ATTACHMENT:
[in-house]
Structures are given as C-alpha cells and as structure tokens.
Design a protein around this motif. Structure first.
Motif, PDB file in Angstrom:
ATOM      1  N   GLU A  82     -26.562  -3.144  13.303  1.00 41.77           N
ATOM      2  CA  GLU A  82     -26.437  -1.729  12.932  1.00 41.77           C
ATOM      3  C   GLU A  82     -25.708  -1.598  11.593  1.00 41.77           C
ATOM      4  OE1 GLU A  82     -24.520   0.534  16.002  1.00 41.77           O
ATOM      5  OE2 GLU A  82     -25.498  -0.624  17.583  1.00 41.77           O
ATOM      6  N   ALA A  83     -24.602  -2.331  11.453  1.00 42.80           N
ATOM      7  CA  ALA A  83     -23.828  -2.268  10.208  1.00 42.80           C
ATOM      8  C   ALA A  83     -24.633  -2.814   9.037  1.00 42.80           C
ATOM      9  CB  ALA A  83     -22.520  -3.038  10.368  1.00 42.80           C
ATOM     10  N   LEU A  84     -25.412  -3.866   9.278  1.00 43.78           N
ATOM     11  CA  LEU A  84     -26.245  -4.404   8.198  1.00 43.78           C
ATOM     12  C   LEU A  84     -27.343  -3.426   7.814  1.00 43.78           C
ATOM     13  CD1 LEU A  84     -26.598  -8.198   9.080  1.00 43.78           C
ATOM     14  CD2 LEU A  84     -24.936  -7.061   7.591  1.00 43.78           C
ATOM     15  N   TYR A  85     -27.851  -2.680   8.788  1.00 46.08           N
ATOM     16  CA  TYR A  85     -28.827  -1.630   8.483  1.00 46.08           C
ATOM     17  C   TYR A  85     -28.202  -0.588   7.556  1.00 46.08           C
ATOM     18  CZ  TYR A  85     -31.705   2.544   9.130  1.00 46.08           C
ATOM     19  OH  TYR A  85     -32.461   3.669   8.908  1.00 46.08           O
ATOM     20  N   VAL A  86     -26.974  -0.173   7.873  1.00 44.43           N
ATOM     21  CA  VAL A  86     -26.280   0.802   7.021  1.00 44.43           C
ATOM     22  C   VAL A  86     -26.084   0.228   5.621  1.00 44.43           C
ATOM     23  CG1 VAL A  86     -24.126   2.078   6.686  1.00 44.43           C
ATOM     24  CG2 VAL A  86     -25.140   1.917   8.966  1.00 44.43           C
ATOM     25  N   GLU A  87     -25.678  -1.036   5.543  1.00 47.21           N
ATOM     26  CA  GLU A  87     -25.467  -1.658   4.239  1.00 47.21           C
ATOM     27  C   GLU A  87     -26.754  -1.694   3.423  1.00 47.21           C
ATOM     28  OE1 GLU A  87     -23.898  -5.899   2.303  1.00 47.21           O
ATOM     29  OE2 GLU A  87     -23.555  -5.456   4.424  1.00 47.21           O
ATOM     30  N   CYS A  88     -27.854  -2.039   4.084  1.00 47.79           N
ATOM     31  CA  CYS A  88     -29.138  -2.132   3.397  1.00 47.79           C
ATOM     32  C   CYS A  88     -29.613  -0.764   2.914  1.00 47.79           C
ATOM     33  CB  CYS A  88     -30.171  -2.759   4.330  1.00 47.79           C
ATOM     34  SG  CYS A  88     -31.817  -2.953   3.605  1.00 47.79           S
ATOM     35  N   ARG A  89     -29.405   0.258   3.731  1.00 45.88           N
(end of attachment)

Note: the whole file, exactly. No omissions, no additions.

[in-house]
Structures are given as C-alpha cells and as structure tokens.
Design a protein around this motif. Structure first.
Motif, PDB file in Angstrom:
ATOM      1  N   GLU A  82     -26.562  -3.144  13.303  1.00 41.77           N
ATOM      2  CA  GLU A  82     -26.437  -1.729  12.932  1.00 41.77           C
ATOM      3  C   GLU A  82     -25.708  -1.598  11.593  1.00 41.77           C
ATOM      4  OE1 GLU A  82     -24.520   0.534  16.002  1.00 41.77           O
ATOM      5  OE2 GLU A  82     -25.498  -0.624  17.583  1.00 41.77           O
ATOM      6  N   ALA A  83     -24.602  -2.331  11.453  1.00 42.80           N
ATOM      7  CA  ALA A  83     -23.828  -2.268  10.208  1.00 42.80           C
ATOM      8  C   ALA A  83     -24.633  -2.814   9.037  1.00 42.80           C
ATOM      9  CB  ALA A  83     -22.520  -3.038  10.368  1.00 42.80           C
ATOM     10  N   LEU A  84     -25.412  -3.866   9.278  1.00 43.78           N
ATOM     11  CA  LEU A  84     -26.245  -4.404   8.198  1.00 43.78           C
ATOM     12  C   LEU A  84     -27.343  -3.426   7.814  1.00 43.78           C
ATOM     13  CD1 LEU A  84     -26.598  -8.198   9.080  1.00 43.78           C
ATOM     14  CD2 LEU A  84     -24.936  -7.061   7.591  1.00 43.78           C
ATOM     15  N   TYR A  85     -27.851  -2.680   8.788  1.00 46.08           N
ATOM     16  CA  TYR A  85     -28.827  -1.630   8.483  1.00 46.08           C
ATOM     17  C   TYR A  85     -28.202  -0.588   7.556  1.00 46.08           C
ATOM     18  CZ  TYR A  85     -31.705   2.544   9.130  1.00 46.08           C
ATOM     19  OH  TYR A  85     -32.461   3.669   8.908  1.00 46.08           O
ATOM     20  N   VAL A  86     -26.974  -0.173   7.873  1.00 44.43           N
ATOM     21  CA  VAL A  86     -26.280   0.802   7.021  1.00 44.43           C
ATOM     22  C   VAL A  86     -26.084   0.228   5.621  1.00 44.43           C
ATOM     23  CG1 VAL A  86     -24.126   2.078   6.686  1.00 44.43           C
ATOM     24  CG2 VAL A  86     -25.140   1.917   8.966  1.00 44.43           C
ATOM     25  N   GLU A  87     -25.678  -1.036   5.543  1.00 47.21           N
ATOM     26  CA  GLU A  87     -25.467  -1.658   4.239  1.00 47.21           C
ATOM     27  C   GLU A  87     -26.754  -1.694   3.423  1.00 47.21           C
ATOM     28  OE1 GLU A  87     -23.898  -5.899   2.303  1.00 47.21           O
ATOM     29  OE2 GLU A  87     -23.555  -5.456   4.424  1.00 47.21           O
ATOM     30  N   CYS A  88     -27.854  -2.039   4.084  1.00 47.79           N
ATOM     31  CA  CYS A  88     -29.138  -2.132   3.397  1.00 47.79           C
ATOM     32  C   CYS A  88     -29.613  -0.764   2.914  1.00 47.79           C
ATOM     33  CB  CYS A  88     -30.171  -2.759   4.330  1.00 47.79           C
ATOM     34  SG  CYS A  88     -31.817  -2.953   3.605  1.00 47.79           S
ATOM     35  N   ARG A  89     -29.405   0.258   3.731  1.00 45.88           N